Ireland's best film locations

Slea Head on the Dingle Peninsula, where Ryan's Daughter was filmed, (photo by Glyn Genin)
Slea Head on the Dingle Peninsula, where Ryan's Daughter was filmed

Ireland is our Destination of the Month, and so we’ve asked film critic Scott Jordan Harris to help us explore its most memorable appearances on the silver screen. From medieval castles to remote villages, and from The Giant’s Causeway to busy Dublin streets, he takes us on a tour of some of the best movie locations to visit in the Emerald Isle.

Game of Thrones

Game of Thrones, the rollicking television adaptation of George R.R. Martin’s A Song of Ice and Fire fantasy novels, has proved so popular around the world that the number of fans heading to Northern Ireland specifically to visit its shooting locations has prompted several travel groups, including the Northern Irish Tourist Board, to introduce themed tours. For GoT fans with an eye for lush scenery, a visit to Northern Ireland really is the ideal holiday, allowing them to take in The Giant’s Causeway, one of Europe’s great natural tourist attractions, and the surrounding County Antrim and Causeway Coast area, which has hosted dozens of memorable scenes in the TV show.


The Giant's Causeway


The Glens of Antrim, for example, appeared onscreen as the Dothraki Sea, and it was on the Antrim Plateau near the village of Cairncastle that Sean Bean’s Ned Stark famously beheaded a deserter from the Night Watch. Further unpleasant events occurred at the historic Shane’s Castle in Randalstown, which hosted The Tourney of the Hand to celebrate Ned Stark’s appointment as Hand to King Robert I, and, at a time when Stark’s luck was rather worse, also saw him imprisoned in its dungeons. If you’d like to pass your nights in the Causeway Coast area in a little more comfort, you’d do well to stop at The Bushmills Inn, a four-star boutique hotel less than two miles from The Giant’s Causeway.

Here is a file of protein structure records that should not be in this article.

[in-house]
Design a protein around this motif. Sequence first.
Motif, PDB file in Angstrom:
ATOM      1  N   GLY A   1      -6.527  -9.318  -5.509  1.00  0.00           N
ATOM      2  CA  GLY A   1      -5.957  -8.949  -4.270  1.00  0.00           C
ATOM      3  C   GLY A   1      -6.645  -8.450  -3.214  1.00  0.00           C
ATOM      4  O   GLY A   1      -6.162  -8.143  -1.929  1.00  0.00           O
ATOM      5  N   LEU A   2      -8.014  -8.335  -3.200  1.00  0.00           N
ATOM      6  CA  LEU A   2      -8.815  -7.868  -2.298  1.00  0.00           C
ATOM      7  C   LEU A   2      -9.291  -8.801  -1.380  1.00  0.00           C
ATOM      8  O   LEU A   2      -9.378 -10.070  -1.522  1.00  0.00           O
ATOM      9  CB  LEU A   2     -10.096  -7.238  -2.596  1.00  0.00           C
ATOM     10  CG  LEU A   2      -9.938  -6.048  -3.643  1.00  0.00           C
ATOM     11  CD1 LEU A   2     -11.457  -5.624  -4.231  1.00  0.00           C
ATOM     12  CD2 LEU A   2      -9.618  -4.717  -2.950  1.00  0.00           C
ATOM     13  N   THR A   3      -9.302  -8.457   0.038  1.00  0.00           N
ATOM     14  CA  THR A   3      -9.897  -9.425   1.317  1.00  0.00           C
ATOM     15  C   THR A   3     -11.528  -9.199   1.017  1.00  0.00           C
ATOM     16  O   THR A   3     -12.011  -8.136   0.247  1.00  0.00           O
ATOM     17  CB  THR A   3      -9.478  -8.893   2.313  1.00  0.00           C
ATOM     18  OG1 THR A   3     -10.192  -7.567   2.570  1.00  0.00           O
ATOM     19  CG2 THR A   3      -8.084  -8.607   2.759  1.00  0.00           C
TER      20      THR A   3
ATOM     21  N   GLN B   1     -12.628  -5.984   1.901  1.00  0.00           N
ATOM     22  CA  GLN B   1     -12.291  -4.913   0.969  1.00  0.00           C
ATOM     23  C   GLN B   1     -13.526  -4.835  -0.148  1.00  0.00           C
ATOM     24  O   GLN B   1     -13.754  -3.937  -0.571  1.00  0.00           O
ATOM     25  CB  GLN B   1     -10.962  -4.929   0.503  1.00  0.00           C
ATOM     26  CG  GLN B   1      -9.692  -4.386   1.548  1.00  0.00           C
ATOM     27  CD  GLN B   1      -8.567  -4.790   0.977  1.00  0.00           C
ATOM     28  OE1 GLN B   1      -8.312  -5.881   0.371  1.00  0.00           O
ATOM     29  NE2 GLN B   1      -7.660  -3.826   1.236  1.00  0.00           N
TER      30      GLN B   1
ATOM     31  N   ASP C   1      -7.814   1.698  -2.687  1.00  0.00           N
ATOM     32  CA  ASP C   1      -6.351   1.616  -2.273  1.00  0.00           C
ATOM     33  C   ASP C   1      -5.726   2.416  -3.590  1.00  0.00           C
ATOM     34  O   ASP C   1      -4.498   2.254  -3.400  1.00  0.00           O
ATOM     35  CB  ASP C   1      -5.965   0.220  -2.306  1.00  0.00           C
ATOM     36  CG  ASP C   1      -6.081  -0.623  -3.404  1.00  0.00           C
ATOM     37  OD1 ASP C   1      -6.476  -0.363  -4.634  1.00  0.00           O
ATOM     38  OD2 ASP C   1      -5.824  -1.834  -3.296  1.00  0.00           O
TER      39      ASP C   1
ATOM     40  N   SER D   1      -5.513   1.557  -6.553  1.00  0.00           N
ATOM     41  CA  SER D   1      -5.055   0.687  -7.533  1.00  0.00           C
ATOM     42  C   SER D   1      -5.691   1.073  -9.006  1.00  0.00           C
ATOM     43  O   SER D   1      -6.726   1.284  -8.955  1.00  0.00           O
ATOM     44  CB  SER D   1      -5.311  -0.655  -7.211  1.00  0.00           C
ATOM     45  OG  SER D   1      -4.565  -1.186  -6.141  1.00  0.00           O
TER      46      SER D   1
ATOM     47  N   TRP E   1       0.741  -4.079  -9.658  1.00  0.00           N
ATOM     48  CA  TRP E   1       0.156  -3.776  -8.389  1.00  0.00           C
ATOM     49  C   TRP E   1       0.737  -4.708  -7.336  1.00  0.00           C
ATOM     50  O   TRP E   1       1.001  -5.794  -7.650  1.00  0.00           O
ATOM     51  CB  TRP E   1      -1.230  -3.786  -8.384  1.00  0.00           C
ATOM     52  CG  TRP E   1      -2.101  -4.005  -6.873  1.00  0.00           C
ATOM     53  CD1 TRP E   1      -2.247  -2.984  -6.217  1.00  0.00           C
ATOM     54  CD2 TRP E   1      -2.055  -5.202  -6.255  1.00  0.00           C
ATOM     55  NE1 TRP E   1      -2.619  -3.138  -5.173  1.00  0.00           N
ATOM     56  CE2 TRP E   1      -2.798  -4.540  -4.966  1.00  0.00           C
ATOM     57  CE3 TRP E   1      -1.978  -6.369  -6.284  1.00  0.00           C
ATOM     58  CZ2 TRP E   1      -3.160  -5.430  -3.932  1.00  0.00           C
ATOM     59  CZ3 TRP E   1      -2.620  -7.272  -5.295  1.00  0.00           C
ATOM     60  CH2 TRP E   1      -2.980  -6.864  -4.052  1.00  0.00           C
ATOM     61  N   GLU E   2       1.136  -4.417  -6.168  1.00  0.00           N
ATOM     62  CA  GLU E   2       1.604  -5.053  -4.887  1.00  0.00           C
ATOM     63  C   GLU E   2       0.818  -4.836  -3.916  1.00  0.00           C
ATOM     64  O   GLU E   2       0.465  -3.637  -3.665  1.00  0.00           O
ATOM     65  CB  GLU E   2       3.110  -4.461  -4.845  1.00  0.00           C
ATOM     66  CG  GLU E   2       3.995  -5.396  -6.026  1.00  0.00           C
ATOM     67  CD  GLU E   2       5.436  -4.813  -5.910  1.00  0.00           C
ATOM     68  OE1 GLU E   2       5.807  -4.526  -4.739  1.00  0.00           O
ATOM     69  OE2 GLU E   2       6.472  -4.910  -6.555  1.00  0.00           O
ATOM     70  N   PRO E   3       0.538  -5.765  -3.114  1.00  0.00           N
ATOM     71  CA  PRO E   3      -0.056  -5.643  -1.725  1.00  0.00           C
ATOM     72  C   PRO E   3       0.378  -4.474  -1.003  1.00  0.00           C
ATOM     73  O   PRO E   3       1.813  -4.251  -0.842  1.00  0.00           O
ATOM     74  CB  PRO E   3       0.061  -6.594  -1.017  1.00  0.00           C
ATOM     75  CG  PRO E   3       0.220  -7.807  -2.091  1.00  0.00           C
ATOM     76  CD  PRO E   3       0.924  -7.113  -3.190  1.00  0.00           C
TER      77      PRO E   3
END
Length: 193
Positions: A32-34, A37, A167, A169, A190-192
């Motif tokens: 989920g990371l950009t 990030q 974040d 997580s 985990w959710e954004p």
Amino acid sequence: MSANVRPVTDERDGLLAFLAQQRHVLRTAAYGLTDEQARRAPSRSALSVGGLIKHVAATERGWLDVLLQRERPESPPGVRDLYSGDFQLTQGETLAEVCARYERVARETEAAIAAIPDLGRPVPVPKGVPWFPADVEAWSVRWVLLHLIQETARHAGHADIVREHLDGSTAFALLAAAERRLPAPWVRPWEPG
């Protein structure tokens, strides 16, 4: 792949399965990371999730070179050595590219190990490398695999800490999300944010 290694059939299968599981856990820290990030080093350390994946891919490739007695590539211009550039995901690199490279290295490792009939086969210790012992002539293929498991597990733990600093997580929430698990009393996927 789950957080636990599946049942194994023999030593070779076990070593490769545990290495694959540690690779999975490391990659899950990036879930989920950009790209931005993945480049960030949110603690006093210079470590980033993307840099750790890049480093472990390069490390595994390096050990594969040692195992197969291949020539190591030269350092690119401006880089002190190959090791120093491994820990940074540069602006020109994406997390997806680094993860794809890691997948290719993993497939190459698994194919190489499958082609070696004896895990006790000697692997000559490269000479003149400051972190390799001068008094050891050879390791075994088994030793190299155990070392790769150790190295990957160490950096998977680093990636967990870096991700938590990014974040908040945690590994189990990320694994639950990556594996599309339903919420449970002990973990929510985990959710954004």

If you still have a taste for castles and battlegrounds after touring Game of Thrones locations in Northern Ireland, you can head south to the Republic of Ireland and tour locations used in Braveheart, Mel Gibson’s blood-soaked, Oscar-laden retelling of the life of William Wallace. Although the film follows Scotland’s greatest folk hero and his raids into England, it was predominantly shot in Ireland. 

For interiors, extensive use was made of the famous Ardmore Studios in Bray, County Wicklow, while exteriors were filmed at a number of locations elsewhere in County Wicklow and in both County Meath and County Dublin. When, like Ned Stark, Wallace is thrown into a dungeon by his enemies, it is Bective Abbey in Bective, County Meath, that stands in for the Tower of London. And the 12th century abbey also appears as the courtyard of the castle belonging to Wallace’s nemesis, King Edward “Longshanks”. When Wallace leads his forces against the fortified City of York in England, he is in reality leading them against Trim Castle, a Norman castle also in County Meath. While you can’t quite do as the inhabitants of "York" do and sleep inside its walls, you can stay at the four-star Trim Castle Hotel, which overlooks them.


From Glendalough to the Powercourt Estate, read more about the highlights of County Wicklow


Ryan’s Daughter

What David Lean did for deserts in his 1962 film Lawrence of Arabia, he also did for the Irish landscape in his 1970 film Ryan’s Daughter. The movie was shot on location in the village of Dunquin on the Dingle Peninsula near the beautiful Blanket Islands. The remote area (which is the westernmost settlement in Ireland) was struggling before the arrival of the mammoth film production, which helped revitalise it by spending far more time, and money, there than the producers originally intended.